Victoria University graphic design students have created anti-tobacco designs that could be used in public health campaigns to educate the community on the health effects of smoking.
The project was developed by the Federal Health Minister and Member for Gellibrand The Hon. Nicola Roxon MP and Mr Todd Harper, CEO of Cancer Council Victoria.
The Advanced Diploma of Arts (Graphic Design) students were provided with a client brief by Ms Roxon and had five weeks to design one poster and a series of postcards.
16 designs were completed and Ms Roxon and Mr Harper were on hand to judge their work.
Ms Roxon told the students that the project would prepare them to be ‘industry ready' by making them meet the requirements of a client brief and to experience what it's like to compete for design work in a real-world situation.
"One of the challenges with anti-smoking campaigns is demonstrating the effects of smoking over time, so it was up to the students to illustrate this point," Ms Roxon said.
This project was particularly topical as the Government's world leading legislation to mandate the plain packaging of tobacco products passed through the House of Representatives the previous week.
"The power of design and marketing is why this project is so important. As creative designers I thought you would relish this opportunity to look to the past and modernise it in such a way that it reflects the reality of smoking as we know it today," Ms Roxon said.
"Tobacco is not like other products, the pack is not opened then thrown away, it is carried around by the smoker and continually brought out, reinforcing brand and personal identity and exposing the marketing to social groups and children."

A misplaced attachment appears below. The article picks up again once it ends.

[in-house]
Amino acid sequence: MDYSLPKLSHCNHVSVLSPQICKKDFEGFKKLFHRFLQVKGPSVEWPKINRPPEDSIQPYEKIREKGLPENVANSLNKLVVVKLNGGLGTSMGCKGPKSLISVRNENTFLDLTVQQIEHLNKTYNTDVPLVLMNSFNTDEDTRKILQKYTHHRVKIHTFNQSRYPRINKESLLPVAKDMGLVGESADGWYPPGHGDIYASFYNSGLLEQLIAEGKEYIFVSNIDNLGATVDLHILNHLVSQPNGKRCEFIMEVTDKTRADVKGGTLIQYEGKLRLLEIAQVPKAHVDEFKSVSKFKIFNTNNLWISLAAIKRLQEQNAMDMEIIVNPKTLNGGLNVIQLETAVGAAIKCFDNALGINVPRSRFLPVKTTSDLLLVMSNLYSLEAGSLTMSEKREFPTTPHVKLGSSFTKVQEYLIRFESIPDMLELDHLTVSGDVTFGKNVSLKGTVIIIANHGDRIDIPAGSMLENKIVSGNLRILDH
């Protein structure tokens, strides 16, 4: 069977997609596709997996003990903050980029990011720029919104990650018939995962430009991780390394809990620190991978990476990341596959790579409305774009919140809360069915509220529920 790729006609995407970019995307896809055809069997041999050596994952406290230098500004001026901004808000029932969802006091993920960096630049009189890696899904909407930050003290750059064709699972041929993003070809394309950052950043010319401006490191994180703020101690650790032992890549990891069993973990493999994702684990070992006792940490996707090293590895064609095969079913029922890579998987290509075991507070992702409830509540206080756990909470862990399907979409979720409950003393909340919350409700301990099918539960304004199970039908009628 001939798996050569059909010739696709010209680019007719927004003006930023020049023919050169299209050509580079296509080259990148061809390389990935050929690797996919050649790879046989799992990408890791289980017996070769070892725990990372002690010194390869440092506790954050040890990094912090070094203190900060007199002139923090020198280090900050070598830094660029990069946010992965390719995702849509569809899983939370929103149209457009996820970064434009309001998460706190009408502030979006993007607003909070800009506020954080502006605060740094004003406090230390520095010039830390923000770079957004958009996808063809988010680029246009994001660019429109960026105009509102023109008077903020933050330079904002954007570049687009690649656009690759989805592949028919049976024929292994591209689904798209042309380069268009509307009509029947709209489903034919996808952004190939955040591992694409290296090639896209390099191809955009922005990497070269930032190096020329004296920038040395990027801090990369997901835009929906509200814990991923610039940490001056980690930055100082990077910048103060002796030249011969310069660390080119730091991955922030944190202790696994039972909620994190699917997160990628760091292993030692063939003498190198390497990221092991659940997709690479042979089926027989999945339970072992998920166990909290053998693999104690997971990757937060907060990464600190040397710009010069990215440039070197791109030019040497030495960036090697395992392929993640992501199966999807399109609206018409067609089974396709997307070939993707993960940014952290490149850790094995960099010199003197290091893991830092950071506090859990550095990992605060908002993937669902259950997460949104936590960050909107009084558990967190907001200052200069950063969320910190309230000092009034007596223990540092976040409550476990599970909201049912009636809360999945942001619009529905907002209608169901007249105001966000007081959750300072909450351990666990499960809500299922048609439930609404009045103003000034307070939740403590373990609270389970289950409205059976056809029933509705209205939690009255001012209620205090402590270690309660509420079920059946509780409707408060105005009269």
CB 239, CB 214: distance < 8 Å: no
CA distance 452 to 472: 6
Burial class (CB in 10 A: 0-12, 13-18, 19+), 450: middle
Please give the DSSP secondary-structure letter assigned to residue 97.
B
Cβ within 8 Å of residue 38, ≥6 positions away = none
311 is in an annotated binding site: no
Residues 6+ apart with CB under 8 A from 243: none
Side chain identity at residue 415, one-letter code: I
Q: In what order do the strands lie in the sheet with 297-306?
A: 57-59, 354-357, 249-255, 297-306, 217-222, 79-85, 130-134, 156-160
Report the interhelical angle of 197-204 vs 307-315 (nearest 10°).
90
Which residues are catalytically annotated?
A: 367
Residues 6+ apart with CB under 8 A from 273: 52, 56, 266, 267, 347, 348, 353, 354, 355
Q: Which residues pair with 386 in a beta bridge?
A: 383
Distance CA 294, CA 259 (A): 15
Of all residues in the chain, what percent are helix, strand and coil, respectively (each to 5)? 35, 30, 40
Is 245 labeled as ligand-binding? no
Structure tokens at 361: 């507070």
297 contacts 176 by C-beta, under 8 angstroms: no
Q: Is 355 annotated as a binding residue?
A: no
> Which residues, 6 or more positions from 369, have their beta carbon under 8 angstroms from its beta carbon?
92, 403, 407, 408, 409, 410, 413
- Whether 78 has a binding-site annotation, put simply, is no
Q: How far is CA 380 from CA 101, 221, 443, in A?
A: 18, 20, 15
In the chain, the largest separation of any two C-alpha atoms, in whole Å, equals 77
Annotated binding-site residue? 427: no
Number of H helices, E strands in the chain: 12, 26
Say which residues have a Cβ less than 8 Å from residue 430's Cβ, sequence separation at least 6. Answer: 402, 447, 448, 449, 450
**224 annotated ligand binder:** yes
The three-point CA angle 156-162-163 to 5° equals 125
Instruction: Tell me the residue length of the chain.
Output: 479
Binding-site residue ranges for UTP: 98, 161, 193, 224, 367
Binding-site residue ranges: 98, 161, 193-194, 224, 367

"But the glamour is gone. We now see tobacco for what it is - in a generation we've replaced the glamorous images of James Dean and the Marlboro Man, with the gritty reality of smoking - clogged arteries, amputated limbs or a life cut short by cancer," Ms Roxon said.
Due to the quality of the student's designs Ms Roxon and Mr Harper were unable to select just one winner.
The two winners were Ms Caitlin Ward for ‘No ifs no butts, smoking kills' which shows an Electrocardiogram (ECG) being flatlined by a cigarette butt and Ms Georgia Watts for ‘Just another daily routine' which shows a young man eating cigarette butts from a breakfast bowl as part of his daily routine.
Mr Harper told the students about his experience with public health awareness campaigns and why these two designs in particular are so effective in getting the message across about the dangers of smoking.
"While the latest figures show the number of Victorians who smoke is down to 15.3%, there is still a long way to go before smoking is no longer a major health problem," he said.
"Nearly 4,000 Victorians die every year as a result of smoking so tobacco must remain a public health priority. Successful social marketing campaigns like the ones we are seeing in this competition will be vital to our progress."
Students' designs can be seen below: